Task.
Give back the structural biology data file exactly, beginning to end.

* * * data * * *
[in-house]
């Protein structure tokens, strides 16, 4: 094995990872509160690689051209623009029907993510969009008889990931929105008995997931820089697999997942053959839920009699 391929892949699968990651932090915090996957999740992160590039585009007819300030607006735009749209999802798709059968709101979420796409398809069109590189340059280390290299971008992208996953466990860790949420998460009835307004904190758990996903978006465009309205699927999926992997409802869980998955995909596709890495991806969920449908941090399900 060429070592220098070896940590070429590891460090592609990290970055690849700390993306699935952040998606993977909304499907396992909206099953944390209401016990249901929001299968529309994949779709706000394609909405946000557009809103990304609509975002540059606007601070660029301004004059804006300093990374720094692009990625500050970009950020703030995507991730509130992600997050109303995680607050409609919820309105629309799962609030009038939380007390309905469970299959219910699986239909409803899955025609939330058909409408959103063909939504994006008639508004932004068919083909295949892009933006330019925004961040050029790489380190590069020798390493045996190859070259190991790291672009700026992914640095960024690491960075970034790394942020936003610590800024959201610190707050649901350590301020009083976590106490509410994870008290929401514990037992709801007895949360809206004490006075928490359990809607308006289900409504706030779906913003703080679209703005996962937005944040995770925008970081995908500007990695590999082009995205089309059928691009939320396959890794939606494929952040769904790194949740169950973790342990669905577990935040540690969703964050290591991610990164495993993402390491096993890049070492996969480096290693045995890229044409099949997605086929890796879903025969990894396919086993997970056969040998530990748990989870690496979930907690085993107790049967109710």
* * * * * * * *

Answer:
[in-house]
């Protein structure tokens, strides 16, 4: 094995990872509160690689051209623009029907993510969009008889990931929105008995997931820089697999997942053959839920009699 391929892949699968990651932090915090996957999740992160590039585009007819300030607006735009749209999802798709059968709101979420796409398809069109590189340059280390290299971008992208996953466990860790949420998460009835307004904190758990996903978006465009309205699927999926992997409802869980998955995909596709890495991806969920449908941090399900 060429070592220098070896940590070429590891460090592609990290970055690849700390993306699935952040998606993977909304499907396992909206099953944390209401016990249901929001299968529309994949779709706000394609909405946000557009809103990304609509975002540059606007601070660029301004004059804006300093990374720094692009990625500050970009950020703030995507991730509130992600997050109303995680607050409609919820309105629309799962609030009038939380007390309905469970299959219910699986239909409803899955025609939330058909409408959103063909939504994006008639508004932004068919083909295949892009933006330019925004961040050029790489380190590069020798390493045996190859070259190991790291672009700026992914640095960024690491960075970034790394942020936003610590800024959201610190707050649901350590301020009083976590106490509410994870008290929401514990037992709801007895949360809206004490006075928490359990809607308006289900409504706030779906913003703080679209703005996962937005944040995770925008970081995908500007990695590999082009995205089309059928691009939320396959890794939606494929952040769904790194949740169950973790342990669905577990935040540690969703964050290591991610990164495993993402390491096993890049070492996969480096290693045995890229044409099949997605086929890796879903025969990894396919086993997970056969040998530990748990989870690496979930907690085993107790049967109710």